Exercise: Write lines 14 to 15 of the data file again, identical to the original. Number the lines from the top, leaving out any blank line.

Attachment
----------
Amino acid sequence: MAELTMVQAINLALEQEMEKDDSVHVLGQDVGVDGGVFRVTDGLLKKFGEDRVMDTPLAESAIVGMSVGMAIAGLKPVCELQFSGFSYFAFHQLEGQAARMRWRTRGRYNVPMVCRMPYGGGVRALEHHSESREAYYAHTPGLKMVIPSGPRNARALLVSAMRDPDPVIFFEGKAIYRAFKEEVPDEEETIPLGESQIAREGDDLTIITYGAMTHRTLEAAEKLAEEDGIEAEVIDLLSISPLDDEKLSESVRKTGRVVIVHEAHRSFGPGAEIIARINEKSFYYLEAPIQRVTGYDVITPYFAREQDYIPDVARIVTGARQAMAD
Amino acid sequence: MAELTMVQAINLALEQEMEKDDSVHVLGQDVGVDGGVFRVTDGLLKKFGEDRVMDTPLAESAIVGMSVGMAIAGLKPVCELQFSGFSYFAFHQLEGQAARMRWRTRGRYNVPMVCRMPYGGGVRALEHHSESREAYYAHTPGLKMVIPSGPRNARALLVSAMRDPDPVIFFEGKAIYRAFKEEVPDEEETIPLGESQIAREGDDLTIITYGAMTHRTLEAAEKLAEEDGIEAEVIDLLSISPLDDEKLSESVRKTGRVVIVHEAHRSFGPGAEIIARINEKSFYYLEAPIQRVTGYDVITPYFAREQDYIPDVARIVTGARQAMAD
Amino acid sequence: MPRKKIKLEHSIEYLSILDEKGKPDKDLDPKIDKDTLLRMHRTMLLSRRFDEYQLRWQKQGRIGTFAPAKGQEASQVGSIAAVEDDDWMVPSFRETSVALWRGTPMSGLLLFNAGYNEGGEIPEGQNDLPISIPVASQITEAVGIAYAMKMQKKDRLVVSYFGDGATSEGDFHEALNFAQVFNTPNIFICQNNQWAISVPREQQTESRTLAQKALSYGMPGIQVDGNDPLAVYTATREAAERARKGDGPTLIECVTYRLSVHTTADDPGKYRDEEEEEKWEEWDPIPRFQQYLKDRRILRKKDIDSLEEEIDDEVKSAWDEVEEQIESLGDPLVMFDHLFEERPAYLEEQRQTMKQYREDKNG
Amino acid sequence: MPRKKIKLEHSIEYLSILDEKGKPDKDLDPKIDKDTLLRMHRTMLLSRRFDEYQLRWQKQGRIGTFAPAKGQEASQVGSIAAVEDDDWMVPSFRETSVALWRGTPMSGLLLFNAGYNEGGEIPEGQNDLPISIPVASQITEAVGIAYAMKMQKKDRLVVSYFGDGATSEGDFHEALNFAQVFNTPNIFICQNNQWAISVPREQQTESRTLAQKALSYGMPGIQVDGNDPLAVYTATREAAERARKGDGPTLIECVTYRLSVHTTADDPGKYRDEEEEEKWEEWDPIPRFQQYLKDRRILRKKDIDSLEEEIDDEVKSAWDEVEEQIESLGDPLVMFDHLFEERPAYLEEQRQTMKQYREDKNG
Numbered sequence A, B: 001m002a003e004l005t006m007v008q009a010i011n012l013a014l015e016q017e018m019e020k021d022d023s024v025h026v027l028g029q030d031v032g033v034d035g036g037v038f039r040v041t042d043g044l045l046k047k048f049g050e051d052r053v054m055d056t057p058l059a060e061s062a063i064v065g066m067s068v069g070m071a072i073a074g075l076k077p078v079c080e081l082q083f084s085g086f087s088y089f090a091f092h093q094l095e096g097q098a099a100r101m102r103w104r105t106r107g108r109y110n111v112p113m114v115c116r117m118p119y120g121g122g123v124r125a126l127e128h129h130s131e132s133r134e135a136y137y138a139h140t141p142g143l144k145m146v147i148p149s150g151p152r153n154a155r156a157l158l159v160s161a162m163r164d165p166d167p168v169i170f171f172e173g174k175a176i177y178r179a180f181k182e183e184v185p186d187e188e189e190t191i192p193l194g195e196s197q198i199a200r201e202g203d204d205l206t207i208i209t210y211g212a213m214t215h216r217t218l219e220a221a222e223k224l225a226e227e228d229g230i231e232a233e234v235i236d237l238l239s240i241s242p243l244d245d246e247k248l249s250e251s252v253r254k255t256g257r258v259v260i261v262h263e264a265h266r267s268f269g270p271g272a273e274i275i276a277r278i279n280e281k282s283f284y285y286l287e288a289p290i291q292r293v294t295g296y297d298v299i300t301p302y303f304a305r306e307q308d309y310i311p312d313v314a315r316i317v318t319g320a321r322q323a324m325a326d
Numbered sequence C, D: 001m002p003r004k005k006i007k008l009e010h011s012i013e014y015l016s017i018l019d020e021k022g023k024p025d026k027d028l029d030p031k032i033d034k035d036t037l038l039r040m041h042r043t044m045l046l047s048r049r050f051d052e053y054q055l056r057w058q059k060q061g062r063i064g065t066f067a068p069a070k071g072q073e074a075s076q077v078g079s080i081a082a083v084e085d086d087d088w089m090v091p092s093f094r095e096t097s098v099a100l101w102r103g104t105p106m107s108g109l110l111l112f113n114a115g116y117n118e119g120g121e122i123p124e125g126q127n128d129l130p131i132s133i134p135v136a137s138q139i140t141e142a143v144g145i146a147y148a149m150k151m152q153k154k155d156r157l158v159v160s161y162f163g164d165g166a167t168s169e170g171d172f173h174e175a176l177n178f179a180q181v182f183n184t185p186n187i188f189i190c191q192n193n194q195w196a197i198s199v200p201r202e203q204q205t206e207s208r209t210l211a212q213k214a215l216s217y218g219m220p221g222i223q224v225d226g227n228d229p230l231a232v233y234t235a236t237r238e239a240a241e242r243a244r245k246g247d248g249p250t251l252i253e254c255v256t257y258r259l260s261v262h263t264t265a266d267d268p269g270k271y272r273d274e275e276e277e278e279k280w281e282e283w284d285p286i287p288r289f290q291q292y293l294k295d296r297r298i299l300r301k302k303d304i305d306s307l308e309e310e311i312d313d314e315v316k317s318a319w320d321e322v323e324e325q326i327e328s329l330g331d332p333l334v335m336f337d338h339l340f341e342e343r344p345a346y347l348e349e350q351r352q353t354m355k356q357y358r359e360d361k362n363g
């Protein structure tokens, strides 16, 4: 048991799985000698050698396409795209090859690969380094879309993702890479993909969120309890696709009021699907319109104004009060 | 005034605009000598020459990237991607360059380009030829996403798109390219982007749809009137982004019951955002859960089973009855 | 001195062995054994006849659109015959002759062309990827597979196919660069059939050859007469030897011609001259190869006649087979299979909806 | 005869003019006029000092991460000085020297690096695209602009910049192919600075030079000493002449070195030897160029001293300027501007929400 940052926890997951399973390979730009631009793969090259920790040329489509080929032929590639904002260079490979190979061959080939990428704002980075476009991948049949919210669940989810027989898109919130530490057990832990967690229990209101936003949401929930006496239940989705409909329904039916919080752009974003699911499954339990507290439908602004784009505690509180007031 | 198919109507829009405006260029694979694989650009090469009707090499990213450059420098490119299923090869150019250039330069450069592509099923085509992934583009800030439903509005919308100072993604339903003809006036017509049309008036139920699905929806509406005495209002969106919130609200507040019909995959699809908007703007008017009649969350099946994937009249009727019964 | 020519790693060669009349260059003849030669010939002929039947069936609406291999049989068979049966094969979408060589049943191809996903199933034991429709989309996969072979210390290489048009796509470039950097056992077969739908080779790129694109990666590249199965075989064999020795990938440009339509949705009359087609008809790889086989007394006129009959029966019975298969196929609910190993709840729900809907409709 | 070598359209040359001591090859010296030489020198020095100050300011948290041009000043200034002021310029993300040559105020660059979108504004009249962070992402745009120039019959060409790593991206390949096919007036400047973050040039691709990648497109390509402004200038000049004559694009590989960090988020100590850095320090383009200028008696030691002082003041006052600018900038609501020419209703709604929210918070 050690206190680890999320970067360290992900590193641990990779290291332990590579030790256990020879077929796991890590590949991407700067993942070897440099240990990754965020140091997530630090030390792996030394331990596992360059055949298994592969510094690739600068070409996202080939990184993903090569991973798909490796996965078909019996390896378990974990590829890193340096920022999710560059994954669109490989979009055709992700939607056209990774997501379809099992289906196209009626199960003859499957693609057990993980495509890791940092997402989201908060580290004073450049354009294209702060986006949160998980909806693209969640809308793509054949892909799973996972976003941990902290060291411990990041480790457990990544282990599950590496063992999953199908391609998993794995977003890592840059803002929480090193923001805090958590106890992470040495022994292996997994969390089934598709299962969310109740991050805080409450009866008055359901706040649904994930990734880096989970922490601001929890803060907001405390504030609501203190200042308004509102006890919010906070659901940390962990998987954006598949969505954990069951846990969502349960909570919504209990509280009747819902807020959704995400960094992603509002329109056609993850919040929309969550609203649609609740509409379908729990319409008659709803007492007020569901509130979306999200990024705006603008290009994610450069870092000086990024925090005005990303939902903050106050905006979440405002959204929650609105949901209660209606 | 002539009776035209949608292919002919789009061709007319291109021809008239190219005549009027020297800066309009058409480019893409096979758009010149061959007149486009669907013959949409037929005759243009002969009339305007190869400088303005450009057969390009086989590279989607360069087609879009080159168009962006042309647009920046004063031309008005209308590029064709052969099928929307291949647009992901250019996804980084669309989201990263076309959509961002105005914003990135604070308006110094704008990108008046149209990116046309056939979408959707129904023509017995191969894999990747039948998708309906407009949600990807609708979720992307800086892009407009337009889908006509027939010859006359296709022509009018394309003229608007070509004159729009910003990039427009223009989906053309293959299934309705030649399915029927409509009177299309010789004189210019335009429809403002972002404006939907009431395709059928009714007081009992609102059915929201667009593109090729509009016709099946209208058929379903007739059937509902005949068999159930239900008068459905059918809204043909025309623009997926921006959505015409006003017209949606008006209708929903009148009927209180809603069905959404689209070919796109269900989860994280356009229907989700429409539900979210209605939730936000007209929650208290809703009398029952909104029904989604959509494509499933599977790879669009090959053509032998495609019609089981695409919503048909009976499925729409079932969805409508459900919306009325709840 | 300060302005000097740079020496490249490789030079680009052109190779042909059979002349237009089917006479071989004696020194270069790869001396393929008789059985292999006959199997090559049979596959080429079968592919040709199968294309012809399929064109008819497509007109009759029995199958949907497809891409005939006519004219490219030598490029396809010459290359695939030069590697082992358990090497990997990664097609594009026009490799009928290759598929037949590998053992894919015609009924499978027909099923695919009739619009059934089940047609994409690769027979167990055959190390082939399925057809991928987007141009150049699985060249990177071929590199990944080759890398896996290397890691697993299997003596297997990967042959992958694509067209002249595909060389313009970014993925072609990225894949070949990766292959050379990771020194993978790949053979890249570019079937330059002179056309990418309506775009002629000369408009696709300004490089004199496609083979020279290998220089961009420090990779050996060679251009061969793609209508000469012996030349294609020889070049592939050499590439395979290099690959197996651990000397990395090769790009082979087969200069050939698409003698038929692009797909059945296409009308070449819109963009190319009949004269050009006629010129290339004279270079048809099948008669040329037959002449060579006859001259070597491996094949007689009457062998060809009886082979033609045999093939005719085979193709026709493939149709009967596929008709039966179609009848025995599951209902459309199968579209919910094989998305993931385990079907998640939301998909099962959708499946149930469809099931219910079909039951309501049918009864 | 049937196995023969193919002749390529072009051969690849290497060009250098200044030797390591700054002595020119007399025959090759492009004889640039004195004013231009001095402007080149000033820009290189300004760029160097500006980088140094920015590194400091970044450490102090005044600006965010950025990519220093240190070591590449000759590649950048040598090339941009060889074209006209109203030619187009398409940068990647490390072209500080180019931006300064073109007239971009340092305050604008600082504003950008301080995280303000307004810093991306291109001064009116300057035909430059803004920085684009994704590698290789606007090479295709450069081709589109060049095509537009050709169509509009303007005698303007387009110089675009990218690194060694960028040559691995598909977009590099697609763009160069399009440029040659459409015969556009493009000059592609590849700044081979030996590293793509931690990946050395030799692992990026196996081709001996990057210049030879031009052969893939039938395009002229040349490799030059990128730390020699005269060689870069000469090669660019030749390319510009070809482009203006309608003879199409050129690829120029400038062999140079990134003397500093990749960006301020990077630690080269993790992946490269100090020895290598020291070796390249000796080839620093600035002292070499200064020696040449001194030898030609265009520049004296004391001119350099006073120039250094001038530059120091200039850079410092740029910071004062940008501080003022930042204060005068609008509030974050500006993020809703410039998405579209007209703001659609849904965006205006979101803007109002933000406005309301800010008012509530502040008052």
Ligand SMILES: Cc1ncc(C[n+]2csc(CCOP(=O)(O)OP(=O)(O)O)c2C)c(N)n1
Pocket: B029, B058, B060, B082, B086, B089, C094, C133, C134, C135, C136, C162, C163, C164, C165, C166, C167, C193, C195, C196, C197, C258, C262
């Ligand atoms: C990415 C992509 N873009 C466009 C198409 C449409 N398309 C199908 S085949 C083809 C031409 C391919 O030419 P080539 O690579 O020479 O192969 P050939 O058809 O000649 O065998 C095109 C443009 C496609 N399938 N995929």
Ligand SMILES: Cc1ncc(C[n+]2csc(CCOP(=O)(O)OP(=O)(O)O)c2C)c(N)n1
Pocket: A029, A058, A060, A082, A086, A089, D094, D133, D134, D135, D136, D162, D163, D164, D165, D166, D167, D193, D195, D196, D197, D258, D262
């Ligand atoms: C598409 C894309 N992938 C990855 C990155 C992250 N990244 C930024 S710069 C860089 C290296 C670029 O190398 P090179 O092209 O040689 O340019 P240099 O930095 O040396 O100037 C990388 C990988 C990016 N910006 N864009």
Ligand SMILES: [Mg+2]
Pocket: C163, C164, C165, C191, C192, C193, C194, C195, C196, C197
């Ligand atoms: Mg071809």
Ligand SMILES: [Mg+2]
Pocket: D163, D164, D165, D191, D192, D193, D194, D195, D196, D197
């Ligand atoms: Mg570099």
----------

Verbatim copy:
Ligand SMILES: [Mg+2]
Pocket: C163, C164, C165, C191, C192, C193, C194, C195, C196, C197